Tests and experiments to make the best Christmas Dinner
Christmas Dinner can be a tricky thing to get right, especially in such a manner that all the elements please everyone. Even though there are just two of us in our home (and we’ll be spending the Christmas period visiting both our families, so our own Christmas Dinner happened a few days before Christmas itself), we’ve both grown up with our own families’ slightly different take on the festive feast. Now that we’re making Christmas Dinner for ourselves, it’s important that we settle on the important elements of our home’s dinner. So, in the build up to the day itself, I took some time to experiment with different kinds of meat, veg, stuffing and potatoes, putting Professor Plum through a number of taste tests in order to determine, if not the perfect Christmas Dinner, at least the best dinner for her.
Goose, Turkey or Chicken?
The fundamental issue of the ingredients of a Christmas Dinner is to decide what meat to cook. While the typical choice these days seems to be turkey, it is by no means a ubiquitous one. In my family, when I was growing up, we tended to opt for a chicken instead. Turkey, of course, is not native to this country and was first introduced from America in the 16th century. It has only become more and more popular over time through the influence of festive traditions from across the Atlantic. Before that a Christmas goose was always the mainstay of the Yuletide meal. I decided, therefore, to prepare these three birds and compare to find out which would work best for us at Christmas.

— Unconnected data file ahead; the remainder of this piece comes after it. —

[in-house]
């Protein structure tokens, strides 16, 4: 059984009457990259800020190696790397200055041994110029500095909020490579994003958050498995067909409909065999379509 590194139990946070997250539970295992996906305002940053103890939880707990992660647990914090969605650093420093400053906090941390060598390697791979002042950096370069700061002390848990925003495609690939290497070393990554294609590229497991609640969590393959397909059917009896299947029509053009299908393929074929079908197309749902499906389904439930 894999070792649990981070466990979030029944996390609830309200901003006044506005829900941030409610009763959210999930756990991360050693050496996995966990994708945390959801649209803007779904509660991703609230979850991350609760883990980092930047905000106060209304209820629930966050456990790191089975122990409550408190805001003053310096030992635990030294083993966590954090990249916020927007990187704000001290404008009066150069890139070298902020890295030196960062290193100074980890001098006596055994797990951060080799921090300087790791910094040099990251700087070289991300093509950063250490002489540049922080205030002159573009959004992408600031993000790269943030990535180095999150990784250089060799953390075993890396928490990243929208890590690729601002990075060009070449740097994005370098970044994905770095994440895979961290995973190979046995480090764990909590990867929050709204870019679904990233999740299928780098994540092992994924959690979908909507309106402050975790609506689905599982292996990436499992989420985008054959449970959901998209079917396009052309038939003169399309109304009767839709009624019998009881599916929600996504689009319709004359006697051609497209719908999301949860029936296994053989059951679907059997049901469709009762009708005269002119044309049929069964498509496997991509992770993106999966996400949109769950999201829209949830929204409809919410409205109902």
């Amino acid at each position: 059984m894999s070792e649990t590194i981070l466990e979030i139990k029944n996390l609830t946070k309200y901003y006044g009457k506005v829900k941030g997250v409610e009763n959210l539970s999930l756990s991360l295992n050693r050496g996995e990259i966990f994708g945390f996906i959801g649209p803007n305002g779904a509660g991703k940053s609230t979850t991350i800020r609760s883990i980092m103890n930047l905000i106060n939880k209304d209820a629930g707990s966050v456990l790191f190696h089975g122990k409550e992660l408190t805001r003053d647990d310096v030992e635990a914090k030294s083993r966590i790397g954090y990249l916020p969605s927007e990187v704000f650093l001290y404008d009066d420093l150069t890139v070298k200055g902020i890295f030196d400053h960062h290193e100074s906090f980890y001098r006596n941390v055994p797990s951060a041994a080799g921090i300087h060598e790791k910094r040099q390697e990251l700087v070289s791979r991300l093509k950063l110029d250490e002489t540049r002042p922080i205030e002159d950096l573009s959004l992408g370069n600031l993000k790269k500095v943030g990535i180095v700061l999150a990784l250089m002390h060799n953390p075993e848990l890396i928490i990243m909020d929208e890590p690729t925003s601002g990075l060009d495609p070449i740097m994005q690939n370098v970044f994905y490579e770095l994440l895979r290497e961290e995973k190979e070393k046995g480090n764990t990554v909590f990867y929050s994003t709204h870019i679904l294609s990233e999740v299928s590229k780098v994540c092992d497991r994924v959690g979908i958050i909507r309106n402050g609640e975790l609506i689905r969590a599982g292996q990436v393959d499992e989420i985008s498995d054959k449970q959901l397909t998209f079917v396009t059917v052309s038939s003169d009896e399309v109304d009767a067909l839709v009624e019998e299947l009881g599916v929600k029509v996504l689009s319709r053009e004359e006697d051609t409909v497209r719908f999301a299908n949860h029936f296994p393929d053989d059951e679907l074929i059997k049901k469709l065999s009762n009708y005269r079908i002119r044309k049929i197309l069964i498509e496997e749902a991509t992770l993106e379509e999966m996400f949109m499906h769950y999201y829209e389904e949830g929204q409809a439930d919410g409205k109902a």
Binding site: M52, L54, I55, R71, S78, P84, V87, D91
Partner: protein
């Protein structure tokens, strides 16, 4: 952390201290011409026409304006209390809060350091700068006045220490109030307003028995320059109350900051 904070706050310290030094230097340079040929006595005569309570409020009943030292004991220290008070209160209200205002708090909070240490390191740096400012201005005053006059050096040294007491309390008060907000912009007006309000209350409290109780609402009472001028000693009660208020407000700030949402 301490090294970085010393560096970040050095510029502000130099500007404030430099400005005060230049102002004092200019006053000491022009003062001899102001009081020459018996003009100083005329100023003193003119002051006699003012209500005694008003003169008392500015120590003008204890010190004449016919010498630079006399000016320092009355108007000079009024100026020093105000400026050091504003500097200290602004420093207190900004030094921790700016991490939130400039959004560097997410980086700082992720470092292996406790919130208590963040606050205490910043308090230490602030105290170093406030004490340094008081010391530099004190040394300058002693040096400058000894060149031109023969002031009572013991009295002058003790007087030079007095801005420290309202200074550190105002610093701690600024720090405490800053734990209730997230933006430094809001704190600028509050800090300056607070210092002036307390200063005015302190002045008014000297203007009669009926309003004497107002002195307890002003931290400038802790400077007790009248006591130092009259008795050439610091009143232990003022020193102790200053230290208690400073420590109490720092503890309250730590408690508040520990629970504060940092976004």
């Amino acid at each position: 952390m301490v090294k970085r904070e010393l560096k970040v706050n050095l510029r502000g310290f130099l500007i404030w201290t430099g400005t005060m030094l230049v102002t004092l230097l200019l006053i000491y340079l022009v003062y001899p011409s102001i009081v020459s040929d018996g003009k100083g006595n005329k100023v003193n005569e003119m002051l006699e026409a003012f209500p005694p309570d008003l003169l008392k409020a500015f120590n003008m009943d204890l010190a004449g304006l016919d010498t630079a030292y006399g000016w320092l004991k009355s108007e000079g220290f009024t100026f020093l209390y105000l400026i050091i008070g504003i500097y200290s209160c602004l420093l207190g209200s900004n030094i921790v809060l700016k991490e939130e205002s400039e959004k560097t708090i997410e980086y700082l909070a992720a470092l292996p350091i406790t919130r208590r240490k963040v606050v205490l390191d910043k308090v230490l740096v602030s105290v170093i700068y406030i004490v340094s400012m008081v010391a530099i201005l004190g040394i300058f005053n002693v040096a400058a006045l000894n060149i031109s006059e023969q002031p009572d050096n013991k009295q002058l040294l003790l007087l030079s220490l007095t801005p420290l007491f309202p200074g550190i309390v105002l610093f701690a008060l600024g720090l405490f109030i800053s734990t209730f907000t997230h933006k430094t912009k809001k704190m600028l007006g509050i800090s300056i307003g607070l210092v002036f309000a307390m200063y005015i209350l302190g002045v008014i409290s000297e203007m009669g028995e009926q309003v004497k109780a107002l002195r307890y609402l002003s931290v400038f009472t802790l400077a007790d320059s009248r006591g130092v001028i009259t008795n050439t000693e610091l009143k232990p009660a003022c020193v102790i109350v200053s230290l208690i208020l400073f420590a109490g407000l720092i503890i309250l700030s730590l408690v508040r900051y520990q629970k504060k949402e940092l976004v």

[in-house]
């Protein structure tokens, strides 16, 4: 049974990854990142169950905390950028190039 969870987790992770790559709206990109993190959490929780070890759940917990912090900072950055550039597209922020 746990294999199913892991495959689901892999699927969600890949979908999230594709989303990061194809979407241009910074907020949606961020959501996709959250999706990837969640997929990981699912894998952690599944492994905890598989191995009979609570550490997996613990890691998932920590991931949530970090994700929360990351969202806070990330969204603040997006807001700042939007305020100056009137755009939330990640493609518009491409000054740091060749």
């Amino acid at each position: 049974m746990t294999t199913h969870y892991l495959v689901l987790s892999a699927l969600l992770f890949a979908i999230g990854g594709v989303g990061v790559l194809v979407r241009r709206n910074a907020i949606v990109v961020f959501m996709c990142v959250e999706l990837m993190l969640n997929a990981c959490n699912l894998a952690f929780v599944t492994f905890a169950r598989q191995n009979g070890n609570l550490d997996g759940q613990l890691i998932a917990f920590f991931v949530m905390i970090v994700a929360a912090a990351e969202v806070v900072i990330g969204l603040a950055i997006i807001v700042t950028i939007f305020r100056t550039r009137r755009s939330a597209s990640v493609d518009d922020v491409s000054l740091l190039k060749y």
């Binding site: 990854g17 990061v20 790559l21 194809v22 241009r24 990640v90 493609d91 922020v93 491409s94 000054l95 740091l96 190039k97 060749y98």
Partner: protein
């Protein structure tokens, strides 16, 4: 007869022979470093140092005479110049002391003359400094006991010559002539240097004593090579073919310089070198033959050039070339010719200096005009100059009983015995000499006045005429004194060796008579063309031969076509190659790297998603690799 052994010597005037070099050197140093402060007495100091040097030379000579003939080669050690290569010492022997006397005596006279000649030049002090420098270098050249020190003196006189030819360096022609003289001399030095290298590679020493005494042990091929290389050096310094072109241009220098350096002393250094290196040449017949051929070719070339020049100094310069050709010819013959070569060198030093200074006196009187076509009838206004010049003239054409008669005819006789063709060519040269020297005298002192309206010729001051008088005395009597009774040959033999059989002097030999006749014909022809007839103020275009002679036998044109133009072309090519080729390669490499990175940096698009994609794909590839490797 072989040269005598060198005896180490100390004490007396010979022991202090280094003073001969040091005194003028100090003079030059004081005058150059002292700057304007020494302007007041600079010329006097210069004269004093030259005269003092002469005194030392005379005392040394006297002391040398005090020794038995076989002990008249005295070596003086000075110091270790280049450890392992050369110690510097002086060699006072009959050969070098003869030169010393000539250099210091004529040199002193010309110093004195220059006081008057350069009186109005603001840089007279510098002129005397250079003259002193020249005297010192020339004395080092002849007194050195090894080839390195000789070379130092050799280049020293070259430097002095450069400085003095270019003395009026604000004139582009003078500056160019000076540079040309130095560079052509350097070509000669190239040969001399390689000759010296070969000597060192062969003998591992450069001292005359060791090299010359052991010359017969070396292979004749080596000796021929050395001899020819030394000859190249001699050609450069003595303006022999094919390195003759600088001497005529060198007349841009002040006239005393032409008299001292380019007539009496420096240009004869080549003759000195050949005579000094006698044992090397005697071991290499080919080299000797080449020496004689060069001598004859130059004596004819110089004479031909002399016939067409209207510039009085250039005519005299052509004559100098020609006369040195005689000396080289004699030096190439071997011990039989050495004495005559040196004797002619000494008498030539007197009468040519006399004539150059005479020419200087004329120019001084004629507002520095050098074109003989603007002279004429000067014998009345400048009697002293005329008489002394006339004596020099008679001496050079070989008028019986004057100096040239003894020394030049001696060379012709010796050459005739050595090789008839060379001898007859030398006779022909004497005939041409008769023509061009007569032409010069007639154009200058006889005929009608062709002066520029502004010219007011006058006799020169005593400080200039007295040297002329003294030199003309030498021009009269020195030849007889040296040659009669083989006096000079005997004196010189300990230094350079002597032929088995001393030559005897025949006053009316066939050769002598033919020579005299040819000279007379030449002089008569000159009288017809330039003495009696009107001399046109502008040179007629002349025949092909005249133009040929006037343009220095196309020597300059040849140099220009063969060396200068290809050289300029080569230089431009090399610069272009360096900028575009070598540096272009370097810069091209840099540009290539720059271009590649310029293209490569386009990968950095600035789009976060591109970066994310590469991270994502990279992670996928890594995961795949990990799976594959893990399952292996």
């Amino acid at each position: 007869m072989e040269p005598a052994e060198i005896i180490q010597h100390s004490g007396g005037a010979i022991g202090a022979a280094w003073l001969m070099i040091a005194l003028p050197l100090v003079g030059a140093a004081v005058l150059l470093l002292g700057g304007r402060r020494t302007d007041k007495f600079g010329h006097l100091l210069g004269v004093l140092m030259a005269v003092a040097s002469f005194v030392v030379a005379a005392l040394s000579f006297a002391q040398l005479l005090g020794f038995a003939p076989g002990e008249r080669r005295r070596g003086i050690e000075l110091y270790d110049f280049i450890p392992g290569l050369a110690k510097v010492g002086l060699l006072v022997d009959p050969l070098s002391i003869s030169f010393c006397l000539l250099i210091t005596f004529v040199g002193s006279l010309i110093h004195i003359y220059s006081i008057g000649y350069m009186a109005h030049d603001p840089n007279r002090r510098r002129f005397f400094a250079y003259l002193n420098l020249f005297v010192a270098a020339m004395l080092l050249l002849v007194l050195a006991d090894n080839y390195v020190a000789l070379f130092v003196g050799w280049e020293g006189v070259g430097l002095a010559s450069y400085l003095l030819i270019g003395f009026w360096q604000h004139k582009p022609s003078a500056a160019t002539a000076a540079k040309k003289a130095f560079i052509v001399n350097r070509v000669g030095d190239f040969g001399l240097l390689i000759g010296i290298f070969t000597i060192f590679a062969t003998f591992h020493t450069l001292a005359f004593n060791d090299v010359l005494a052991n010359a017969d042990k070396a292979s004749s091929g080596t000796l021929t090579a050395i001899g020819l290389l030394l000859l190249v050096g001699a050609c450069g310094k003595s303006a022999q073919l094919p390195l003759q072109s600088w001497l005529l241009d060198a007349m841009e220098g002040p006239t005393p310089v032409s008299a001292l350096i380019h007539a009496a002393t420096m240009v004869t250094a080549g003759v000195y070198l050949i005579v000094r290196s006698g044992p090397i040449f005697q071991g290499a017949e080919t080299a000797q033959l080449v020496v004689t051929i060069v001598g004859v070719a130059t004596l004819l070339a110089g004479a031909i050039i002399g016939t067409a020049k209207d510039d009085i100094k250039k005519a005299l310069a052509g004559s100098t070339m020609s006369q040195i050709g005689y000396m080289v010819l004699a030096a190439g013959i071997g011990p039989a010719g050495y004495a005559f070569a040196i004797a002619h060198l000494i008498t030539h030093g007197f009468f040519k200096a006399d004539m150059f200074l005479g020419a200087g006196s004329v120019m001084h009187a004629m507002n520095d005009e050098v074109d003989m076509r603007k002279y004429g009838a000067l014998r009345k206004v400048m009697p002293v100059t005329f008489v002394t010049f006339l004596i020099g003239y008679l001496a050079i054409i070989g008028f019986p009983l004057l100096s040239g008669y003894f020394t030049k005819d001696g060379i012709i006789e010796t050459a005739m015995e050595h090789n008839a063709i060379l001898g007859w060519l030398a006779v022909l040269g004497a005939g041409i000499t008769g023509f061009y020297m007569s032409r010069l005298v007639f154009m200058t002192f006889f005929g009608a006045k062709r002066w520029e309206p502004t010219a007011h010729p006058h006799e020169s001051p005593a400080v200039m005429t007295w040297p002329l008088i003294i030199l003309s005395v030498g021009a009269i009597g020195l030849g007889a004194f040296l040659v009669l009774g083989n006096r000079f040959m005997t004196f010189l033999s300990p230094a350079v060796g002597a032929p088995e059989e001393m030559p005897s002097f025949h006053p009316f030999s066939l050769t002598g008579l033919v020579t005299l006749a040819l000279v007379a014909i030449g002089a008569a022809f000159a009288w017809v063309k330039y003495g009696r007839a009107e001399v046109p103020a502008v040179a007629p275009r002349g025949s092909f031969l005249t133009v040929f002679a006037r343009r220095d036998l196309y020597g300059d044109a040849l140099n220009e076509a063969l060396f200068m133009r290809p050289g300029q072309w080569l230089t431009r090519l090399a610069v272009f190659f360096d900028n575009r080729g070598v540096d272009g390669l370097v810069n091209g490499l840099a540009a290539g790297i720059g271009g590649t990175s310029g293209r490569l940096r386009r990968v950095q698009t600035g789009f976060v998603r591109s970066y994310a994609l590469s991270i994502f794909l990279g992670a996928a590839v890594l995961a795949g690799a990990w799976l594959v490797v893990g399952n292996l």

So, I bought a turkey breast, a goose breast and a chicken breast of roughly equal size and roasted them side by side and served a slice of each for Professor Plum to taste.
And what did Diner Professor Plum think? Of the three, the goose is the most different, a gamey, fatty meat more akin to duck. My goose was slightly overdone and, therefore, a little dry, which did it no favours when it came to the tasting. Regardless of this disadvantage, Professor Plum ruled the goose out as too rich a flavour when on the plate with all the other Christmas food. The other two were much more similar, with Professor Plum keen on the moist, tender flesh and crisp skin of the chicken, but eventually opting for the flavour of the turkey as the choice meat for Christmas.